This is a multicentre study, conducted in Australia, Denmark and Israel. It is a randomised waitlist-controlled trial comparing an intervention to support physical activity with usual care. When a participant enters the study, he/she will be allocated to either immediate intervention or waitlist. Participants on the waitlist will then later complete the intervention. Participants are approximately 60 children and adults with RTT, recruited from the Australian Rett Syndrome Database, the Danish Center for Rett Syndrome and the Rett Syndrome Association of Israel. All participants are able to walk either independently or with assistance. The intervention duration is 12 weeks, including fortnightly telephone contact to plan, monitor and develop individual activity programmes. The activity programme aims to increase standing and walking activities, also known as ‘uptime’ activities. The increased ‘uptime’ activities will be determined by goals set in collaboration with caregivers and service providers for use in their own environments (home, school, community) and supported by the usual caregivers and service providers in those environments. Outcomes are measured at baseline, at 13 weeks and then at 25 weeks. The primary outcomes are sedentary behaviour assessed with an activPAL accelerometer and the number of daily steps measured with a StepWatch Activity Monitor. Secondary outcomes include sleep, behaviour and quality of life. Caregiver experiences will be assessed immediately after the intervention using a satisfaction questionnaire.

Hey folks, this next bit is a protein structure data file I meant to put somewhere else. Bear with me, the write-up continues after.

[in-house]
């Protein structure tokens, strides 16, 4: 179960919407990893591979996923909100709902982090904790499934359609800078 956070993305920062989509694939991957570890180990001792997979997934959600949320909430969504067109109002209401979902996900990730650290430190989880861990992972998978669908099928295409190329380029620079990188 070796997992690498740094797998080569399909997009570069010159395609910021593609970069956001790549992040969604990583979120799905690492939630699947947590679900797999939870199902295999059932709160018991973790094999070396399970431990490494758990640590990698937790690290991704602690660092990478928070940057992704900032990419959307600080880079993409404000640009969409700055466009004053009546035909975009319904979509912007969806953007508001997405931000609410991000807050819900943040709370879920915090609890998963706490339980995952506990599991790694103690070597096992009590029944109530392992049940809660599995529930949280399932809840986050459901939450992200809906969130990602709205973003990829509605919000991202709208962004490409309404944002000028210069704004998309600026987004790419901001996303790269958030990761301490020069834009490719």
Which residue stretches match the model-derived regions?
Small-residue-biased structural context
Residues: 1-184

For the involved participants and families, this study will build on available resources and strengths, respond to locally identified needs and empower those working in the local communities to improve physical activities and participation of the individuals with RTT under their care. Results from the study will be presented at conferences and consumer forums. We will develop an online resource that presents strategies of how to evaluate and support individuals with RTT to live physically active lives.
This study will be the first clinical trial investigating strategies to increase physical activity in RTT. It is also one of the first studies to apply a telehealth approach in RTT. Telehealth can bring specialist skills to the affected individual in his/her own environment and is a particular attractive approach in light of the social isolation and disruption to traditional therapy delivery caused by the ongoing COVID-19 pandemic.